For millennia, doctors of Tibetan medicine have done their own traditional research by carefully observing and documenting the effects of Tibetan therapies and medicines on their patients. This precise knowledge has been passed from one generation of Tibetan physicians to the next. Now Tibetan medicine is being researched using Western scientific methodology, although the number of studies is relatively small.
One area of research relies on the pharmaceutical model of scientific testing. These studies focus on identifying the active components in and efficacy of specific Tibetan medicines. Often the studies are carried out in vitro or in animal models. The results validate the bioactive components and demonstrate biochemical pathways showing a plausible mechanism of action. However, the limited availability of Tibetan medicines in the United States makes this type of research less relevant for the use of Tibetan medicine as self-care.
Throughout its long history, Tibetan medicine has advocated healing practices. Numerous studies have been published about the benefits of these interventions integral to Tibetan medicine: art therapy, aromatherapy, breathing techniques, food, healing touch and therapeutic touch, listening, massage, mindfulness, music therapy, presence, reflexology, Reiki, spiritually, and yoga.
Compassion, the essence of Tibetan medicine, is a philosophical stance of kindness toward everyone. Researchers are finding a positive relationship between compassion, health, empowerment, resilience, mindfulness, acceptance, and self-kindness.
Researchers at the University of Minnesota’s Bakken Center for Spirituality and Healing tested and refined two self-assessment tools based on Tibetan medicine as a holistic system: (a) Constitutional Self-Assessment Tool (CSAT) and (b) Lifestyle Guidelines Tool (LGT). Both tools had high content validity. The CSAT had moderate criterion validity, which increased for participants who knew the basic teachings of Tibetan medicine and did accurate self-assessments. To complete the tools, go to: Constitutional Self-Assessment Tool and Lifestyle Guidelines Tool.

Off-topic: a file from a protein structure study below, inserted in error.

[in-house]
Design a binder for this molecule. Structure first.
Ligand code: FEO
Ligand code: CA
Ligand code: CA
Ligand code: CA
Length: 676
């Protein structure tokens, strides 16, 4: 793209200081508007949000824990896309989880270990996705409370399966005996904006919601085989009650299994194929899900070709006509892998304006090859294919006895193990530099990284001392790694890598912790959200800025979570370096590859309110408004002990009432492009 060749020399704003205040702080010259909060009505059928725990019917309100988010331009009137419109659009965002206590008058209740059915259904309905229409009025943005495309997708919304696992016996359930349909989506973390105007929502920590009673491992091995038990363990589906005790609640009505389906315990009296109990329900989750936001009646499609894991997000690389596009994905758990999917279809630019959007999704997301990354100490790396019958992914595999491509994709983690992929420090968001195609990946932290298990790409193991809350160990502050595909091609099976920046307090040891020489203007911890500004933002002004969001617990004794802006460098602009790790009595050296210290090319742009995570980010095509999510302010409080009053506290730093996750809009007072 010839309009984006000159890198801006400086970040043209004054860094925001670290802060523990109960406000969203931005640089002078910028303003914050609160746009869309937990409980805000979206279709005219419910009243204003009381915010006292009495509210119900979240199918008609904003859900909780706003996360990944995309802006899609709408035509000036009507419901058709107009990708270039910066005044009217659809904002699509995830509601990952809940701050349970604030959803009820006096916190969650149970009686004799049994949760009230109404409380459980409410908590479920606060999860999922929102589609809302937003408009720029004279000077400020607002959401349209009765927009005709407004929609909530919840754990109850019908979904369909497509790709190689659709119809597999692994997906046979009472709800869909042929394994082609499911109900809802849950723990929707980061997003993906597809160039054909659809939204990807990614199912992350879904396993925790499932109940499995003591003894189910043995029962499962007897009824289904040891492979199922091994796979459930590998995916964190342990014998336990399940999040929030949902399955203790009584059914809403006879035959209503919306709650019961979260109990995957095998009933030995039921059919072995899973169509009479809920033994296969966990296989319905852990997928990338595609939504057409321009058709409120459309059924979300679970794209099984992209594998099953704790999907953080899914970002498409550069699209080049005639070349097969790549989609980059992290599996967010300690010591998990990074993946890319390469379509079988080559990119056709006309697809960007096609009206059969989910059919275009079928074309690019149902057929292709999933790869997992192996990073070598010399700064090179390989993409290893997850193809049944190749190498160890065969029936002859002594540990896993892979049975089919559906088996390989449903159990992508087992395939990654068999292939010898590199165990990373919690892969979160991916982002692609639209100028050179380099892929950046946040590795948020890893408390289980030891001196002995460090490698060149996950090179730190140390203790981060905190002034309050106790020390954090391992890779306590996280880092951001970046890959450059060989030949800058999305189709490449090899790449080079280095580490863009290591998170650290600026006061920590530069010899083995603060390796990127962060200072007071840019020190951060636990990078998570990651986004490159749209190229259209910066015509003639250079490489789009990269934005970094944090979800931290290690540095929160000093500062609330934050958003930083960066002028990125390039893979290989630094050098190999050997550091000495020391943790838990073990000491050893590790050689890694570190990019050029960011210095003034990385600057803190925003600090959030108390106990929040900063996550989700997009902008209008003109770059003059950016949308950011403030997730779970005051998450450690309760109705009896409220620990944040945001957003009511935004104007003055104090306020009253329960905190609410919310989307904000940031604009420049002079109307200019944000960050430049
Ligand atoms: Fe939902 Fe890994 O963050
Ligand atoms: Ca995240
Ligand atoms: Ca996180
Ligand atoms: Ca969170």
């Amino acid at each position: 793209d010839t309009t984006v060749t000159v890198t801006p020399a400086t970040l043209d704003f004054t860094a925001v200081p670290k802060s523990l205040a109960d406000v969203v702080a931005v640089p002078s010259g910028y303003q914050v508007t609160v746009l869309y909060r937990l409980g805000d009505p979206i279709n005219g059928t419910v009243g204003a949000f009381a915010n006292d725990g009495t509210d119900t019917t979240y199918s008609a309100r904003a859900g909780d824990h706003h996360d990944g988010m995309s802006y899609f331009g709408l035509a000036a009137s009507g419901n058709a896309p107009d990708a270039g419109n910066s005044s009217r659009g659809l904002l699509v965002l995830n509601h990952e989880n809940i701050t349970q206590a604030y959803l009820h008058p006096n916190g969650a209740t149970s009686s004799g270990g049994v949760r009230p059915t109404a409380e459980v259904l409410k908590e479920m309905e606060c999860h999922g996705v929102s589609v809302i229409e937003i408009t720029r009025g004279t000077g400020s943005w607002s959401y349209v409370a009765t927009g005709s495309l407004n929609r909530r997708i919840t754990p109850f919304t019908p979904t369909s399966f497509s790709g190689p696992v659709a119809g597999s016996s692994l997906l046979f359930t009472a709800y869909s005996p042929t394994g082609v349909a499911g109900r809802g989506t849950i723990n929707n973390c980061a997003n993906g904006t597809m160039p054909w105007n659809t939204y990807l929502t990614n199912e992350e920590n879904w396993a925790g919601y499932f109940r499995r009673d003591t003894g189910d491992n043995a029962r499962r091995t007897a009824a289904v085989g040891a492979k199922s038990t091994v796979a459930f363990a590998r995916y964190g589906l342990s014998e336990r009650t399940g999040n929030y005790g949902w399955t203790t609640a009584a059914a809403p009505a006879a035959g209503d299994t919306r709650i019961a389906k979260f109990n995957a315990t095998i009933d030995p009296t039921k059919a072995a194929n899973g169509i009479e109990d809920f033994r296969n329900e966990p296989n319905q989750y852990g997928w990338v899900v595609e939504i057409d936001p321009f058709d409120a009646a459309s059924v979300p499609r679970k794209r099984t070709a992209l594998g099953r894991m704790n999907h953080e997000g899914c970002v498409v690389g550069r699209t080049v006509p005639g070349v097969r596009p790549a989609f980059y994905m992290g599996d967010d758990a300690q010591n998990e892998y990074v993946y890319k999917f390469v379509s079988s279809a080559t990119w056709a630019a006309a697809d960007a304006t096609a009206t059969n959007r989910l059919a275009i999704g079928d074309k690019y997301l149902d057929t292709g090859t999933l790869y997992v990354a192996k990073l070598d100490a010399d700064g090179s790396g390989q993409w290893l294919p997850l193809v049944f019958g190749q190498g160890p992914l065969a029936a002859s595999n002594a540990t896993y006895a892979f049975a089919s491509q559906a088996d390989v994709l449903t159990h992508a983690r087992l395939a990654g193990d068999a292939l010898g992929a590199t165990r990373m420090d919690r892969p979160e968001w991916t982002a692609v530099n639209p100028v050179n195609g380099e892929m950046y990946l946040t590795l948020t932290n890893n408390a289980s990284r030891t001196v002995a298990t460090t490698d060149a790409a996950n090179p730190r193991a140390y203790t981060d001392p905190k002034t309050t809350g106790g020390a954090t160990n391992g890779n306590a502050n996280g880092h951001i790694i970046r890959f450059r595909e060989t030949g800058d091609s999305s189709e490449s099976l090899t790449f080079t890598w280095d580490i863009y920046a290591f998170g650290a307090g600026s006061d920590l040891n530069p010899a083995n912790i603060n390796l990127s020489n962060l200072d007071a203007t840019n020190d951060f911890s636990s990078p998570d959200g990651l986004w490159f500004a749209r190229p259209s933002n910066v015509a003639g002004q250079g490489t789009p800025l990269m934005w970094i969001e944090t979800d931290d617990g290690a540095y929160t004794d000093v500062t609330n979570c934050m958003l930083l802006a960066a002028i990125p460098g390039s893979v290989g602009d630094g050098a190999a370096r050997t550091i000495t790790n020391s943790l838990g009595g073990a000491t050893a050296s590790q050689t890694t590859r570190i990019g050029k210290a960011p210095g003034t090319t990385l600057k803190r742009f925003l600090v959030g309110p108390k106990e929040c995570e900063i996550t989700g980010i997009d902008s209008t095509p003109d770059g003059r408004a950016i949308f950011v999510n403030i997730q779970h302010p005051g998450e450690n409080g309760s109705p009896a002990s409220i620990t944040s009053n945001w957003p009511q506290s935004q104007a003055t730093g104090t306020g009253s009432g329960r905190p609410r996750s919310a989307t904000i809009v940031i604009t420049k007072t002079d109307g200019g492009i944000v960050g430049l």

Scientific studies report positive findings about Tibetan medicine as a holistic system. Researchers found that Tibetan medicine had beneficial effects on quality of life, sleep, disease regression, and remission in persons with cancer and blood disorders. Anthropological studies have produced qualitative interpretations of Tibetan medical theories and practices.
To read an overview of the latest research about Tibetan medicine, read: Cameron, M.E., and Namdul, T. (2020). Tibetan Medicine and You: A Path to Wellbeing, Better Health, and Joy. (Blessing by His Holiness the Dalai Lama). New York: Rowman & Littlefield.
More research is needed about Tibetan medicine. However, research into the overall efficacy is challenging because Tibetan medicine is a holistic system, so health results are not attributed to only one activity, component, or medicine. New qualitative methodologies may be needed to study Tibetan medicine holistically. Researchers are particularly interested in determining how Tibetan medicine can impact immunity, longevity, chronic disease, and regeneration.
Article Updated: May, 2020